This is not the first time Trump has cut longstanding aid bound to the Palestinians. In January, the White House announced it also would withhold $65 million in assistance to UNRWA.
Earlier this month, the administration released millions of dollars in frozen aid to the PA, but only for Israeli-Palestinian security cooperation, an administration source said.
The funds withheld Friday are directed toward health and educational programs, as well as initiatives to make Palestinian governance more efficient. They are used both in the PA-administered West Bank and the Hamas-ruled Gaza Strip.
The Trump administration said the terror group’s control of Gaza was one of the main reasons it wanted to cease its aid to the coastal enclave.
“This decision takes into account the challenges the international community faces in providing assistance in Gaza, where Hamas control endangers the lives of Gaza’s citizens and degrades an already dire humanitarian and economic situation,” the State Department official said.
The official did not give an exact amount of the funds to be cut, but said it is more than $200 million that was approved in 2017. The US had planned to give the Palestinians $251 million for good governance, health, education, and funding for civil society in the current budget year that ends September 30. But with just over a month to go before that money must be used, reprogrammed to other areas, or returned to the Treasury, less than half has actually been spent.
Washington’s withdrawal of the aid comes as Trump’s team tasked with brokering an Israeli-Palestinian accord is expected to release its long-awaited peace plan.
Kushner and Trump’s special envoy for Middle East peace Jason Greenblatt are expected to roll out the proposal in the near future, though they have provided no timetable for when that might happen.
Friday’s move was immediately castigated by the Palestinians, who said the cuts were “cheap blackmail.”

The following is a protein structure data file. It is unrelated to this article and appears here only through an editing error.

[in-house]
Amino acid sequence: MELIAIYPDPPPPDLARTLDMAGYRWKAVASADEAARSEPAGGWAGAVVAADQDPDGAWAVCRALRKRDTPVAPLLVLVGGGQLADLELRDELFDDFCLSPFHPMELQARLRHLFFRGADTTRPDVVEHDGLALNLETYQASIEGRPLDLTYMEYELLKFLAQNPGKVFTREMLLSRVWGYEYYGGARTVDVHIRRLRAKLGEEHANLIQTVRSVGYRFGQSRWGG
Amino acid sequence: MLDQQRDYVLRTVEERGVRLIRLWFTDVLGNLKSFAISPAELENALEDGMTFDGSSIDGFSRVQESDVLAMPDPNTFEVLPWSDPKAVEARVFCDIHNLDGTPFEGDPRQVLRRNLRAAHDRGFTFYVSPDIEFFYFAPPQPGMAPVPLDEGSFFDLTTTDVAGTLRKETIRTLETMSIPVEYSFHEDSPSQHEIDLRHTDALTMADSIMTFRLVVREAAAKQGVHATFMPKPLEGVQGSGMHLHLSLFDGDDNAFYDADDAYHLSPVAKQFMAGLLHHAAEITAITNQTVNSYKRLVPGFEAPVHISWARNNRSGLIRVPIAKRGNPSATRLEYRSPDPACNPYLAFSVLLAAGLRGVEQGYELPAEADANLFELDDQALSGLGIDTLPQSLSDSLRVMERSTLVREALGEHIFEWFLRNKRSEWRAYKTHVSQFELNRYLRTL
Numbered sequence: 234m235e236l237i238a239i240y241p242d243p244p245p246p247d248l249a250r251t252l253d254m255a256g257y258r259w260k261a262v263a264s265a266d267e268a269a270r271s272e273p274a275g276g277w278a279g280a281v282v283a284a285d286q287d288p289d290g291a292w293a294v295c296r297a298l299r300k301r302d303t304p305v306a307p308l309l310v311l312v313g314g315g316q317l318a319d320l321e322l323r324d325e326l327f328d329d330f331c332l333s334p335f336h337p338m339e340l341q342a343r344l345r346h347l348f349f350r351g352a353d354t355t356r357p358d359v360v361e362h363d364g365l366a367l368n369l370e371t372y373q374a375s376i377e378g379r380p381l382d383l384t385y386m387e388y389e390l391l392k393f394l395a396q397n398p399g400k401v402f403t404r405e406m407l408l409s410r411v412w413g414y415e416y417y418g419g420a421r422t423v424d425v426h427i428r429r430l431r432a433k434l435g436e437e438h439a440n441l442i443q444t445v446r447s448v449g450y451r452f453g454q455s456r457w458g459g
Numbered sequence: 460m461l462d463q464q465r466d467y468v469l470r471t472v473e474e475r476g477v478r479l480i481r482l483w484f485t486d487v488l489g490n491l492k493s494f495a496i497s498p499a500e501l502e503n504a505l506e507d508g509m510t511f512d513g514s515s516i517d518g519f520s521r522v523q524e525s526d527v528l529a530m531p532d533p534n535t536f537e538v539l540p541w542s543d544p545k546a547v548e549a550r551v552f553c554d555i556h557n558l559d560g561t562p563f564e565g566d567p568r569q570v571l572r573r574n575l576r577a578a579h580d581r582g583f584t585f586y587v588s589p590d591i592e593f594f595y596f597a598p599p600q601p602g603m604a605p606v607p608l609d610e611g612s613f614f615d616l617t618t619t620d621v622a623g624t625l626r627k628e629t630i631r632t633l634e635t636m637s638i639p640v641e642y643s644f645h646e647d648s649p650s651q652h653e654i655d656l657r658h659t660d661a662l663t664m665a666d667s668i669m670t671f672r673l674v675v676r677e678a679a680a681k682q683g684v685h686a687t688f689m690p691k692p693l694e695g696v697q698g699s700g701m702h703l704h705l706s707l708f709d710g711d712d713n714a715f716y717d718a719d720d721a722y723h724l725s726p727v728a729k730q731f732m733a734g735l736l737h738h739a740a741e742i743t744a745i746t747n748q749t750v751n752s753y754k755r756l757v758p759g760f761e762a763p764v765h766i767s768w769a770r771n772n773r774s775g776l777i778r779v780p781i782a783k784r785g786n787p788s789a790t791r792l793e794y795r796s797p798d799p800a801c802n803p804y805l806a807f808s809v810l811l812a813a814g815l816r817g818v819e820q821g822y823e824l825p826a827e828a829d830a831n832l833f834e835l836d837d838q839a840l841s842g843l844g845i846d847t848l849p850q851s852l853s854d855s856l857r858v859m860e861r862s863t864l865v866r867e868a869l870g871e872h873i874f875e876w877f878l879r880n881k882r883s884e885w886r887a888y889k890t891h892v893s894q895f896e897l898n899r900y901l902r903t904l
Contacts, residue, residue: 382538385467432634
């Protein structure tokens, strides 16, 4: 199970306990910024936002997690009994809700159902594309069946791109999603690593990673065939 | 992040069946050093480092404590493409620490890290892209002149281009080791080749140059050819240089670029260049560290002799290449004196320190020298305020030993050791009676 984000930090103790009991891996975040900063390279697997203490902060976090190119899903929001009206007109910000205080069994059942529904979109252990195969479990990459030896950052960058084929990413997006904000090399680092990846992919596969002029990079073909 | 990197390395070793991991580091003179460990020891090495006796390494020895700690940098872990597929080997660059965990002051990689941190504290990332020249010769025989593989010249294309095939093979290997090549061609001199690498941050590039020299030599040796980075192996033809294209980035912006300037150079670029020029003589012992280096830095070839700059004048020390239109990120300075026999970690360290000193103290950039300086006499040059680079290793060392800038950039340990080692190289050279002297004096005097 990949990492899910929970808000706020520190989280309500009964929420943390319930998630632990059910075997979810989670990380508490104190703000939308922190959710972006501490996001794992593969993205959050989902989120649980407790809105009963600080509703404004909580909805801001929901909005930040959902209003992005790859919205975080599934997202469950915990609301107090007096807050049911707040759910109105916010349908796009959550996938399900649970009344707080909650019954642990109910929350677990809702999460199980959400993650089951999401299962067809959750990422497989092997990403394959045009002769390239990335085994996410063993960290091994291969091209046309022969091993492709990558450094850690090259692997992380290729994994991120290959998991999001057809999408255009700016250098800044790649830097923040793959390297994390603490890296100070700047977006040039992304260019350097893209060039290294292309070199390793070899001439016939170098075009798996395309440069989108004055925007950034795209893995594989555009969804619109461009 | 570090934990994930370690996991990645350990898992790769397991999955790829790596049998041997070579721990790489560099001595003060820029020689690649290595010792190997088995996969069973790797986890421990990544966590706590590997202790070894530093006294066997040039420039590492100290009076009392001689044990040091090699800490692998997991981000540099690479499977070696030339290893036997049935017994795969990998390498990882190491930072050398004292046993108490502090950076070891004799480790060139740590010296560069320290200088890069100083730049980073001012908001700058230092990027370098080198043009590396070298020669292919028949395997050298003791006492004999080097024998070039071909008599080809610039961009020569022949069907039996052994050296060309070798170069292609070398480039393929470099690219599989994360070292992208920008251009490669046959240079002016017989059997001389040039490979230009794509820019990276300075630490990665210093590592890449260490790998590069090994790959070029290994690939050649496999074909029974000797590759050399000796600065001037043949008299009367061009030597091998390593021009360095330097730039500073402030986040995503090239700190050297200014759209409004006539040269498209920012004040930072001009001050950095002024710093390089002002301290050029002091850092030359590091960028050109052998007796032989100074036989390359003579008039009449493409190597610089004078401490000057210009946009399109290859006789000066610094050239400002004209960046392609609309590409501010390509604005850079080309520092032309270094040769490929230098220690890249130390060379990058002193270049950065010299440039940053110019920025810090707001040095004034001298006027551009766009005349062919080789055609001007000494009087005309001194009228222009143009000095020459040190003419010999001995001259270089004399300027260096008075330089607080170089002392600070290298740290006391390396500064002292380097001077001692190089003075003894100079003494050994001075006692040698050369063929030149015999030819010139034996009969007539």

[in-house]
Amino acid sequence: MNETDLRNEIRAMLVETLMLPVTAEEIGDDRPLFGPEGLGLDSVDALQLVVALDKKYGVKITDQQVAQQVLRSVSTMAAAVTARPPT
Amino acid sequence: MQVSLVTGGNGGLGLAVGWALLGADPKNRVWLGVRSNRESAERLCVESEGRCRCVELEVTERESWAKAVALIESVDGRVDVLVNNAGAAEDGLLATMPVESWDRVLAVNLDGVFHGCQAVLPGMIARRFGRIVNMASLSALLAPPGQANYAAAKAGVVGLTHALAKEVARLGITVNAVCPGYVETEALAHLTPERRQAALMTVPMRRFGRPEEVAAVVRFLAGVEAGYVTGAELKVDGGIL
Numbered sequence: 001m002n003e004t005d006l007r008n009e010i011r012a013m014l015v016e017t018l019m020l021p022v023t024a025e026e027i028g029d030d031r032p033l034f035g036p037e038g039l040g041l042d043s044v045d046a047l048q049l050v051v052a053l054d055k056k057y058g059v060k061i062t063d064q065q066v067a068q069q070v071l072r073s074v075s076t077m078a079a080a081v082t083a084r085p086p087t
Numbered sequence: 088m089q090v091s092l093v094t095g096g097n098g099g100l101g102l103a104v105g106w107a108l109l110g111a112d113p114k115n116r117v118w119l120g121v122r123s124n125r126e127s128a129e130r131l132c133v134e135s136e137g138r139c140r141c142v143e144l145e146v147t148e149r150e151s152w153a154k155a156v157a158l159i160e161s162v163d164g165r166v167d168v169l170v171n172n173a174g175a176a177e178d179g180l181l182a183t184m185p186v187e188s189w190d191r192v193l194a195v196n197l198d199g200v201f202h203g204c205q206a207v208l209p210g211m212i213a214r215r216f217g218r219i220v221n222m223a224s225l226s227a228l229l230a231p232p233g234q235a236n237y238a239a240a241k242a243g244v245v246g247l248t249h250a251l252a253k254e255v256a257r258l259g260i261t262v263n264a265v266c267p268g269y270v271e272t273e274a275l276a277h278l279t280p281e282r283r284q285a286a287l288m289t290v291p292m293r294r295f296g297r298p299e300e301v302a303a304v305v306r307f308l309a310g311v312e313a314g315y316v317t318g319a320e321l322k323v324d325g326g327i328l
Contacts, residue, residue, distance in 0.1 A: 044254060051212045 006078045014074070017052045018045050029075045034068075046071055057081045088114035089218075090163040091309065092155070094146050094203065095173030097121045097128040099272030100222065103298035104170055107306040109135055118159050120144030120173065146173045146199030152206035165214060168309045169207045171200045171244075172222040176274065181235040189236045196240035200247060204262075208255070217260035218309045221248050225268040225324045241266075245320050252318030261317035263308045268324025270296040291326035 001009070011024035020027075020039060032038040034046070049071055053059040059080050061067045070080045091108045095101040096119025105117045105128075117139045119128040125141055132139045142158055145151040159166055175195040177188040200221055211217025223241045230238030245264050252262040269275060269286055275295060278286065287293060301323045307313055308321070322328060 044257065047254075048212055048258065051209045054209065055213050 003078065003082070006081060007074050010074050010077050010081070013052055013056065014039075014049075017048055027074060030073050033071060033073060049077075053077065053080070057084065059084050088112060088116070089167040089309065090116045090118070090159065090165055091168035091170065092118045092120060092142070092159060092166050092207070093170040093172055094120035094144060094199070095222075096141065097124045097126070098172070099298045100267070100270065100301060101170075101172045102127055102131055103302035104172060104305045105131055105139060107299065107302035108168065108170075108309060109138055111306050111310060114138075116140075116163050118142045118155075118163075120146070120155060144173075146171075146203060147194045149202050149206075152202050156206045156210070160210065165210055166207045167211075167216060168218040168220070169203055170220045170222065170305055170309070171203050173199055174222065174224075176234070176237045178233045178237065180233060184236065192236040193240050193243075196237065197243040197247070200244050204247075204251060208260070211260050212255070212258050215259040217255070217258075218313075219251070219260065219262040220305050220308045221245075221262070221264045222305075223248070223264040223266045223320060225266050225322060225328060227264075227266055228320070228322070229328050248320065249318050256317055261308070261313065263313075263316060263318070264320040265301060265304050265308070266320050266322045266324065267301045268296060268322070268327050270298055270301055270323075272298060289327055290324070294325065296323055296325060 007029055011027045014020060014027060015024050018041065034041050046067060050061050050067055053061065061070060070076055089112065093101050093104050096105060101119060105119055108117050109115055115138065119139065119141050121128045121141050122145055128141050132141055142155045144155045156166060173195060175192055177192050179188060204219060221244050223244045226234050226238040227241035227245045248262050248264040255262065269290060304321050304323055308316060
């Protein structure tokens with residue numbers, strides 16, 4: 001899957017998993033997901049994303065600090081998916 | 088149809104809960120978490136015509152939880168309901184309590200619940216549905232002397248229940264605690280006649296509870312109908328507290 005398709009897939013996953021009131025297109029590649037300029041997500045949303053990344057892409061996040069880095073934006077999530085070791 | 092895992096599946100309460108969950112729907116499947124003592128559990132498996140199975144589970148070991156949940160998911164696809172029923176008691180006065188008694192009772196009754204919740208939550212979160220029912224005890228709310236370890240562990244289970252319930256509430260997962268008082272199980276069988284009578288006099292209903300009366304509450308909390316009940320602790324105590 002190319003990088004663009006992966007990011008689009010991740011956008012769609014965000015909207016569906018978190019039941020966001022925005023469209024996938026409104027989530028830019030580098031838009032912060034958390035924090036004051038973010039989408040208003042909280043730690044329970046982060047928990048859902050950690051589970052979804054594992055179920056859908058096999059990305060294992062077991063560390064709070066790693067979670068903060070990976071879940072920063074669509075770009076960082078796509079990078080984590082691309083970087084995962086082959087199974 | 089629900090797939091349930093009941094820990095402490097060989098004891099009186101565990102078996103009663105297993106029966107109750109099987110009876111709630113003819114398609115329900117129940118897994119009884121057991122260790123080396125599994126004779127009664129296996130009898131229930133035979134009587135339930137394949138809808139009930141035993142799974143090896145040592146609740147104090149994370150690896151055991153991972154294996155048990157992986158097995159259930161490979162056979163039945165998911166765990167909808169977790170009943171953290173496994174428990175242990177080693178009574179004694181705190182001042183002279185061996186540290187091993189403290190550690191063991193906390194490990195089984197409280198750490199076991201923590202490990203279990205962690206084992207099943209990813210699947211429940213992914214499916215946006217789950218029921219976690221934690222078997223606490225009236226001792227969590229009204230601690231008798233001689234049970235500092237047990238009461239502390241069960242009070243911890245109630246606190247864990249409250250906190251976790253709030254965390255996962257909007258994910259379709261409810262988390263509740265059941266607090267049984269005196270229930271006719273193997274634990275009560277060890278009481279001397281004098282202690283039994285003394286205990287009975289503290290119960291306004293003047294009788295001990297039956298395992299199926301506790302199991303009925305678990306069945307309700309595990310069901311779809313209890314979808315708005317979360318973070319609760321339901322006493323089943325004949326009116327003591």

PLO Executive Committee member Dr. Hanan Ashrawi said the Trump administration “has already demonstrated meanness of spirit in its collusion with the Israeli occupation and its theft of land and resources; now it is exercising economic meanness by punishing the Palestinian victims of this occupation.”
Liberal US Jewish groups also cast the cuts as detrimental to efforts, and said they would exacerbate Palestinian suffering.
The left-wing Middle East advocacy group J Street said Trump’s decision would “have a devastating impact on innocent women, children, and families,” arguing that they were intended to “cruelly punish Palestinian civilians and marginalize and undercut Palestinian leadership.”
On Tuesday, Trump told a campaign rally in Charleston, West Virginia, that Israel will “pay a higher price” and the Palestinians “will get something very good” in any future negotiations in return for the US having recognized Jerusalem as Israel’s capital.
“It was a good thing to have done,” Trump said of his recognition of Jerusalem and the relocation of the US embassy to the capital, “because we took it off the table. Because every time there were peace talks, they never got past Jerusalem becoming the capital. So I said, let’s take it off the table. And you know what? In the negotiation, Israel will have to pay a higher price, because they won a very big thing.”
Later, seeking to allay Israeli concerns, senior US officials told Israel’s Channel 10 that “the US will not impose unacceptable conditions on Israel in its peace plan.”
UNRWA grants refugee status to all descendants of Palestinians who left or fled Israel with the establishment of the state in 1948, swelling the number to an estimated five million at present, when the number of actual refugees from that conflict is estimated to be in the low tens of thousands. In peace talks, the Palestinian leadership has always demanded a “right of return” to Israel for these millions — an influx that, if accepted by Israel, would spell the end of the Israel as a majority Jewish state.
Israel argues that the Palestinian demand is an UNRWA-facilitated effort to destroy Israel by demographic means. The Palestinians also seek an independent state in the West Bank, Gaza Strip, and East Jerusalem. Months of ongoing violent protests fueled by Hamas at the Gaza border with Israel were initiated in March under the banner of a “March of the Return,” and encouraged by Hamas leaders with the declared ultimate goal of erasing the border and destroying Israel.
Israel often argues that an independent Palestinian state, if agreed upon in negotiations, would absorb Palestinian refugees and their descendants, just as Israel absorbed Jewish refugees from Middle Eastern and north African countries over the decades.
The Associated Press contributed to this report.